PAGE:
China's most populous city is set to receive a major XR upgrade amid the country's ambitious tech plans
Shanghai, China’s most populous city, is set to create five industrial regions valued at $70 billion USD up to 2030, with one boosting the nation’s emerging tech and extended reality (XR) capabilities, Yicai Global reported on Thursday.
The new clusters will focus on energy, space exploration, healthcare, materials research, and intelligence along with other key emerging technologies.
Regarding the intelligence cluster, it will focus on artificial intelligence (AI), quantum computing, and 6G, among others, in a bid to position the city for its digital transformation and global leadership aims.
The municipal government also plans to build five technical colleges to attract and train fresh talent in its tech sector. It will also develop 15 industrial innovation centres to facilitate emerging technologies.
The news comes after further reports in August revealed an additional $9.24 billion for 32 industrial projects across Shanghai’s business district, Pudong. Funding comes amid the ongoing COVID-19 pandemic, which hit Chinese industry and businesses in its latest wave from March to May.
Officials such as Li Hui, Pudong Science Technology and Economy Commission Director, granted funding to 13 global tech leaders, including General Electric, Nokia, Lenovo, and BASF to create startup incubators in the district. Many of the companies are leaders in XR and smart city technologies.
The news comes after Chinese media reported Shanghai aims to boost its 5G network infrastructure to accommodate emerging tech demand for virtual, augmented, and mixed reality (VR/AR/MR) across national industry verticals.
China’s 1.85 million 5G base stations service 450 million users, or 60 percent of total 5G users worldwide.
The Shanghai government also backed in July a $52 billion metaverse plan up to 2025, as indicated in its Five Year Plan. It outlines a massive initiative to create processors, XR devices, AI, cloud and edge computing, 5G, blockchain, and other emerging technologies.
China Unicom recently joined the 2022 Beijing Olympics and Paralympic Winter Games, teaming up with Huawei Technologies to provide AR-backed statistics for attendees.
The news comes amid increasing rivalry in the global tech community, namely as governments compete for top spots among the world’s tech hubs.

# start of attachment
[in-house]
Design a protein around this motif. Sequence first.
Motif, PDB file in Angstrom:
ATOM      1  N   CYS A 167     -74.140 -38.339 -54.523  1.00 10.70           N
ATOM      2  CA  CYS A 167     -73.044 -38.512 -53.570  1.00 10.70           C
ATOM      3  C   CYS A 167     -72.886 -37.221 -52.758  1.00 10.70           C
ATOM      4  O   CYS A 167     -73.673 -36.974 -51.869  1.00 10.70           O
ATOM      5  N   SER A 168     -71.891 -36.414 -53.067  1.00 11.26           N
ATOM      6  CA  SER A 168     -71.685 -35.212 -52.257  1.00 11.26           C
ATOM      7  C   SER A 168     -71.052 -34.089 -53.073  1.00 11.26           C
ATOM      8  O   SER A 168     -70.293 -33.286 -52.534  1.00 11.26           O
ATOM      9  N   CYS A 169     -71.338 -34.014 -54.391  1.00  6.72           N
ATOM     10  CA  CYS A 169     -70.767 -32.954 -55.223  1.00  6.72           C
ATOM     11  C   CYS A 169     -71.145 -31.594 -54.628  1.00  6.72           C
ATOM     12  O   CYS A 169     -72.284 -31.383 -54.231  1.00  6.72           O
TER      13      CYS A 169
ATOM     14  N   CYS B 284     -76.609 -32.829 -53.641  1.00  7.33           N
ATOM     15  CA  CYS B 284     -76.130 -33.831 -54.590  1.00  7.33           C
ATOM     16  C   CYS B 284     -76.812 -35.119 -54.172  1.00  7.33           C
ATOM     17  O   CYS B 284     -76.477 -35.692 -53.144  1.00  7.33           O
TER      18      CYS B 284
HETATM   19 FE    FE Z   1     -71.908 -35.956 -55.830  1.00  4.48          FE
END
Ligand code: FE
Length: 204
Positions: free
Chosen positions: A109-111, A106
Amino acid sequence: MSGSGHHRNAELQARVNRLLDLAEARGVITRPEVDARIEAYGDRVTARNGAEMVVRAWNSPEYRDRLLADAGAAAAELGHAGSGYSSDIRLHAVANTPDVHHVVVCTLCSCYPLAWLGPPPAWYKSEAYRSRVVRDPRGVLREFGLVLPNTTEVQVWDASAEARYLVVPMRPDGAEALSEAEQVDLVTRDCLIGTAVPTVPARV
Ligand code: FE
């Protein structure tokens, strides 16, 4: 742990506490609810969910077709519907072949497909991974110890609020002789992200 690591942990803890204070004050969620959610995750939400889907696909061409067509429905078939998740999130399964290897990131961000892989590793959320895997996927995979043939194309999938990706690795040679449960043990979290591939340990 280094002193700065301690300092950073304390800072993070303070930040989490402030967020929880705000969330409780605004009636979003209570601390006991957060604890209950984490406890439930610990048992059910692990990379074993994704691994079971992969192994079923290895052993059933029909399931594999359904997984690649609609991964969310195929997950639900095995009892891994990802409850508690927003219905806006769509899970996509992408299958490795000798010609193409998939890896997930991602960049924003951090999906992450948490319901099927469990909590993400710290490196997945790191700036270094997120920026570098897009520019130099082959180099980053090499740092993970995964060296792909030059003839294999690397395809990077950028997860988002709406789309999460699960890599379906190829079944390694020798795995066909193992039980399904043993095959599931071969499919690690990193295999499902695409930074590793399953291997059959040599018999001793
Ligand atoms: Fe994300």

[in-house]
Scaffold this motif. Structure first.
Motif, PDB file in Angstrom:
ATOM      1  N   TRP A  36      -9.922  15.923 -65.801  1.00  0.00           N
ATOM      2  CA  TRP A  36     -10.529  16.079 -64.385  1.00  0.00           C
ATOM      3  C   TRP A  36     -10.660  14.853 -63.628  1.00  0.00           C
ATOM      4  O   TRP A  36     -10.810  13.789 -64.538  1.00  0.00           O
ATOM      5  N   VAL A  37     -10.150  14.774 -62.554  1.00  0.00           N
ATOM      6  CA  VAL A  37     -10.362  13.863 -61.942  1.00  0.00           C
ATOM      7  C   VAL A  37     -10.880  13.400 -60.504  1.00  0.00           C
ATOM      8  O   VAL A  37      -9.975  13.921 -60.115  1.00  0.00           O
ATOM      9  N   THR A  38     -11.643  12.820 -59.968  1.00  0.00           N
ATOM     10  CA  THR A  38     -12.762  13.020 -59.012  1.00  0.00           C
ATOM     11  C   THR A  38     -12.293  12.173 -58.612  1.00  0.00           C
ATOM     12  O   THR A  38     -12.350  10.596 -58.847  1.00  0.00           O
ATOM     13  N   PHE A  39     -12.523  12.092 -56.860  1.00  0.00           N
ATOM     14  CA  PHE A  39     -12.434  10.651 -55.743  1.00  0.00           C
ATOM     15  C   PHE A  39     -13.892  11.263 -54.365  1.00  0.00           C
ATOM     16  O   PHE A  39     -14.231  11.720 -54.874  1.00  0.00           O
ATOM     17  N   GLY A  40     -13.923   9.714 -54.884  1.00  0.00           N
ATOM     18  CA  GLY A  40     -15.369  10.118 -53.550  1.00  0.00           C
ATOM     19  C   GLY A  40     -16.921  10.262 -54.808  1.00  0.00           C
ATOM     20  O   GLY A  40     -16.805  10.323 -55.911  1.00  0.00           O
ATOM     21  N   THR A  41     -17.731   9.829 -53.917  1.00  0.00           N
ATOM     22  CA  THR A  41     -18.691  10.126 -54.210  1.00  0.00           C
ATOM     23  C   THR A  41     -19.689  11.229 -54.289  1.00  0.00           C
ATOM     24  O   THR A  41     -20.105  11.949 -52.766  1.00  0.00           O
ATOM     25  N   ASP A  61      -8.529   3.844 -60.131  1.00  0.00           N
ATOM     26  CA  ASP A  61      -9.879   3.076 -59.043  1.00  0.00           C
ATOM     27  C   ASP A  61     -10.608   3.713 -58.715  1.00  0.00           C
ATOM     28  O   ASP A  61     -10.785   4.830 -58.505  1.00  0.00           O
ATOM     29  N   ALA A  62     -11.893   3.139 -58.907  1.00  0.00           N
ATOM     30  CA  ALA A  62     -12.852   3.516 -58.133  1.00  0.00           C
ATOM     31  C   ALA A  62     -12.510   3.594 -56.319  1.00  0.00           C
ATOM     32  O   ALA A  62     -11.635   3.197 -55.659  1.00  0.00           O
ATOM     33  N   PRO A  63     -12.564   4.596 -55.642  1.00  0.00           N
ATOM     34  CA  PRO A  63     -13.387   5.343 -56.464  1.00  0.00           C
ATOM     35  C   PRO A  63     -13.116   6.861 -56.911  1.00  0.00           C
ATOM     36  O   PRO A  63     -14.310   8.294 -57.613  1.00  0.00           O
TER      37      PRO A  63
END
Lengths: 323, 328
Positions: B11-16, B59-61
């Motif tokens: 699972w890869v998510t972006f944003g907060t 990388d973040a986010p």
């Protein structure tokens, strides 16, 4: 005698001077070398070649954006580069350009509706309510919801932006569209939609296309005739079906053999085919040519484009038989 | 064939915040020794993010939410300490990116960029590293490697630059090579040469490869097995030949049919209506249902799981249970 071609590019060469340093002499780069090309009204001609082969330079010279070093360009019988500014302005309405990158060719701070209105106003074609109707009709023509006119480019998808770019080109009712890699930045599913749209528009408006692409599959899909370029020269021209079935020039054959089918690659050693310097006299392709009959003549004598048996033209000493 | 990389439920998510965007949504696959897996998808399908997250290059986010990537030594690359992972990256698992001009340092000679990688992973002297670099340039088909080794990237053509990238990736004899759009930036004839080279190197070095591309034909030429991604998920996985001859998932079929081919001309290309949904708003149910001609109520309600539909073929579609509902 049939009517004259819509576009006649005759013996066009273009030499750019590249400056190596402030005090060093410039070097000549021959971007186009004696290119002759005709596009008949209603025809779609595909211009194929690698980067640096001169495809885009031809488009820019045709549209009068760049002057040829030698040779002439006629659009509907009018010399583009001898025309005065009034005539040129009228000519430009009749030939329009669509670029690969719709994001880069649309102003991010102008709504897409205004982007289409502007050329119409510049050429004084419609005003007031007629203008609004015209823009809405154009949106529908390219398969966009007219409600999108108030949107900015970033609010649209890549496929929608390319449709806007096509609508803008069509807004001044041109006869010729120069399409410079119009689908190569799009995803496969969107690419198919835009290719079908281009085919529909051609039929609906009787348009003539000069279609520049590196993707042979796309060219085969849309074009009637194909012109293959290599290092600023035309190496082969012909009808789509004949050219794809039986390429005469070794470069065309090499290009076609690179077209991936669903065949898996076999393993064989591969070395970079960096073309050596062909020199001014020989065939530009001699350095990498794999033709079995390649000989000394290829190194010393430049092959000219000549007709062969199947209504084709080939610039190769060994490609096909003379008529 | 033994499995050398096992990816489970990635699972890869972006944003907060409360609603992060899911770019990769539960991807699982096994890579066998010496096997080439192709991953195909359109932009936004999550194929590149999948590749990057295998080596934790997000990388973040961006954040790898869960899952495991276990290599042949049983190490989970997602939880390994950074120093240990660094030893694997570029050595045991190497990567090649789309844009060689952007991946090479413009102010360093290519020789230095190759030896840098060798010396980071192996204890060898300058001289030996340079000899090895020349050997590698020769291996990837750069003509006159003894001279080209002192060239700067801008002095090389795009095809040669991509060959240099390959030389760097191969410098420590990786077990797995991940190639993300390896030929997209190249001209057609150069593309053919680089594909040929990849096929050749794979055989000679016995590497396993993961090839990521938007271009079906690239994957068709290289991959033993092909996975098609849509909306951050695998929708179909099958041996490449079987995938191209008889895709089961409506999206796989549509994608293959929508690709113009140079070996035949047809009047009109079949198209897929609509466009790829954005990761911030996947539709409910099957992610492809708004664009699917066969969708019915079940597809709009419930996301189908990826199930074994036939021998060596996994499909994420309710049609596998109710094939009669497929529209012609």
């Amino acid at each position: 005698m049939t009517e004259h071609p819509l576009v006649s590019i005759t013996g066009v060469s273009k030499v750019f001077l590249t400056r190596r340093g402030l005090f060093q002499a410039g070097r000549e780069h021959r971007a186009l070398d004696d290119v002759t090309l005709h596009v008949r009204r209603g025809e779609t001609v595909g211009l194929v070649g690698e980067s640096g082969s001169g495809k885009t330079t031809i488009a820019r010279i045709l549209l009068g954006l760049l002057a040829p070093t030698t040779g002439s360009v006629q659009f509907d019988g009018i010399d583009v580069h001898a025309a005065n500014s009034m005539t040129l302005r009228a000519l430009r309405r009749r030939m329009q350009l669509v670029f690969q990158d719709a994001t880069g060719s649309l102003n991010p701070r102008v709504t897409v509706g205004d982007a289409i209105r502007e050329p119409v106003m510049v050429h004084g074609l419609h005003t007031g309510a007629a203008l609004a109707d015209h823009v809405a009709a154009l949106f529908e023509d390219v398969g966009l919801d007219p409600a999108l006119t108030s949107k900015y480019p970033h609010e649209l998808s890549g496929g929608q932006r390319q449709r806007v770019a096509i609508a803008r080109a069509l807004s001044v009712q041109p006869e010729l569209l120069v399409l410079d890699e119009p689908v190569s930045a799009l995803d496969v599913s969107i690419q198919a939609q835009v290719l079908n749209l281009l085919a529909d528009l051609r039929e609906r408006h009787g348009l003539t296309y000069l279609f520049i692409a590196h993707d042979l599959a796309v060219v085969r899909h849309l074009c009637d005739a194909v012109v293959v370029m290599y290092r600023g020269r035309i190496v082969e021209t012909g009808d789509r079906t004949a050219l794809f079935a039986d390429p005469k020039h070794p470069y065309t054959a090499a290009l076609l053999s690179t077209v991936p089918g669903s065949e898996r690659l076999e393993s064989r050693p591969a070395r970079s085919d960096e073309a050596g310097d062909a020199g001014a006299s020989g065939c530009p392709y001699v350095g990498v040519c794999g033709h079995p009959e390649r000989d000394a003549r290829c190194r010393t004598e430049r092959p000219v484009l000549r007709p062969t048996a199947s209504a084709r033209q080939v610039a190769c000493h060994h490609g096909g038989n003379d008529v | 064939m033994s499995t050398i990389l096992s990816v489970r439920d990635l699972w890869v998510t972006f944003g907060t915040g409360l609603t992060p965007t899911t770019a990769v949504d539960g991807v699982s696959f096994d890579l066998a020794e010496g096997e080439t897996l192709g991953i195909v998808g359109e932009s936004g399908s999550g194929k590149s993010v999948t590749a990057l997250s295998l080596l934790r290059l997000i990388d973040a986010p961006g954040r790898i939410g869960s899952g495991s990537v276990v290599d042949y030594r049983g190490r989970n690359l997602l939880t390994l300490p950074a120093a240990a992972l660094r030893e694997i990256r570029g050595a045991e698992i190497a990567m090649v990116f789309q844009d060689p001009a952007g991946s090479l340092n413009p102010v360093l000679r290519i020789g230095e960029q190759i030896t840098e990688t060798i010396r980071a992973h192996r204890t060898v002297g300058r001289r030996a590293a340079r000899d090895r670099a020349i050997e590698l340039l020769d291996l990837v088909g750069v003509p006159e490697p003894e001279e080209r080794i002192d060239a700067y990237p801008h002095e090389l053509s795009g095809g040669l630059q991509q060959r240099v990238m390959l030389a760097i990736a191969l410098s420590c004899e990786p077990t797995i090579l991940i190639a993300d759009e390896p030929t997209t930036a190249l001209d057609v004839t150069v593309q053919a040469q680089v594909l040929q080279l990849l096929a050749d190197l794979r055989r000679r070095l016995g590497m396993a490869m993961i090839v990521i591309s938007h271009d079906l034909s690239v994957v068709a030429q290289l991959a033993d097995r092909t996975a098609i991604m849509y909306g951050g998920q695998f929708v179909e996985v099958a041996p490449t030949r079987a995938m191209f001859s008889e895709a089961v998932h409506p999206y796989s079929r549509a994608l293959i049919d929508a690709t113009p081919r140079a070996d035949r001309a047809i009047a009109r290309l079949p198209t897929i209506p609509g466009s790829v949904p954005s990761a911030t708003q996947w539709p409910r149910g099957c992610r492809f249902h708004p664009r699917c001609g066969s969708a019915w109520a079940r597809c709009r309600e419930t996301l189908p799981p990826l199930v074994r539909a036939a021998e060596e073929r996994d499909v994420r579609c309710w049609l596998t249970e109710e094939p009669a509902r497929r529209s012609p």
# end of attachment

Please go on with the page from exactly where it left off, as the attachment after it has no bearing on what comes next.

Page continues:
Locations such as the United States, Dubai, Saudi Arabia, South Korea, and Brussels have begun their own metaverse ambitions with new legislation, funding, and R&D initiatives.
The latest efforts also aim to upscale China’s domestic technological capabilities, namely amid the ongoing trade war and increasing rivalry with the United States.
Numerous sanctions have triggered urgent demand for domestically-produced tech solutions after former US President Donald Trump slapped Beijing with sanctions, restrictions, and blacklistings.
Several affected companies include Huawei and ZTE. ByteDance and others were later targeted but not blacklisted along with the world’s largest telecom company.
Huawei Rotating Chairman Ken Hu recently urged global telecom providers to develop more 5G use cases across verticals to improve interoperability, competition, and green solutions.
The tech giant has also called on global tech companies to collaborate on 6G and eMBB+ connectivity to accommodate the rise of the Metaverse, the spatial communications platform set to succeed the Internet.
Despite trade restrictions, Shenzhen-based firm has developed several key emerging tech solutions. These will include its new VR Glass headset, cloud computing solutions, and AR smart glasses.
It also backs plans to develop Internet of Things (IoT) solutions for its Harmony operating system (OS), including connected car technologies. Other firms such as Nreal and ByteDance’s Pico Interactive have released novel AR smart glasses and MR headsets, respectively, expanding China’s immersive ecosystem.